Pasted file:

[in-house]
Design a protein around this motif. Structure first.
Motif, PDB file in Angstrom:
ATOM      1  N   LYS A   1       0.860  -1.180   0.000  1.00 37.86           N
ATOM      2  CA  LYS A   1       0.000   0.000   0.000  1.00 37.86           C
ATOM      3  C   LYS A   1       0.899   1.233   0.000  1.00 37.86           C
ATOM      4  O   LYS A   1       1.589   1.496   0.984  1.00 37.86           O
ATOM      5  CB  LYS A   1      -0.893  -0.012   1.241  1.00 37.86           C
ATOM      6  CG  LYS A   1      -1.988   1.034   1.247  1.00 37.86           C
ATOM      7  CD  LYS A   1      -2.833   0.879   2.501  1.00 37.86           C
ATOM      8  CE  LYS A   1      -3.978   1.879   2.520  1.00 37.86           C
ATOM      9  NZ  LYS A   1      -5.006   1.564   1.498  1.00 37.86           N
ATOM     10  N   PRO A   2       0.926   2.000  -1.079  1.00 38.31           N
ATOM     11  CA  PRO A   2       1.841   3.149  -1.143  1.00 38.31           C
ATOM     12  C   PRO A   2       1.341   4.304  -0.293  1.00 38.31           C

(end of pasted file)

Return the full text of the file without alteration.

[in-house]
Design a protein around this motif. Structure first.
Motif, PDB file in Angstrom:
ATOM      1  N   LYS A   1       0.860  -1.180   0.000  1.00 37.86           N
ATOM      2  CA  LYS A   1       0.000   0.000   0.000  1.00 37.86           C
ATOM      3  C   LYS A   1       0.899   1.233   0.000  1.00 37.86           C
ATOM      4  O   LYS A   1       1.589   1.496   0.984  1.00 37.86           O
ATOM      5  CB  LYS A   1      -0.893  -0.012   1.241  1.00 37.86           C
ATOM      6  CG  LYS A   1      -1.988   1.034   1.247  1.00 37.86           C
ATOM      7  CD  LYS A   1      -2.833   0.879   2.501  1.00 37.86           C
ATOM      8  CE  LYS A   1      -3.978   1.879   2.520  1.00 37.86           C
ATOM      9  NZ  LYS A   1      -5.006   1.564   1.498  1.00 37.86           N
ATOM     10  N   PRO A   2       0.926   2.000  -1.079  1.00 38.31           N
ATOM     11  CA  PRO A   2       1.841   3.149  -1.143  1.00 38.31           C
ATOM     12  C   PRO A   2       1.341   4.304  -0.293  1.00 38.31           C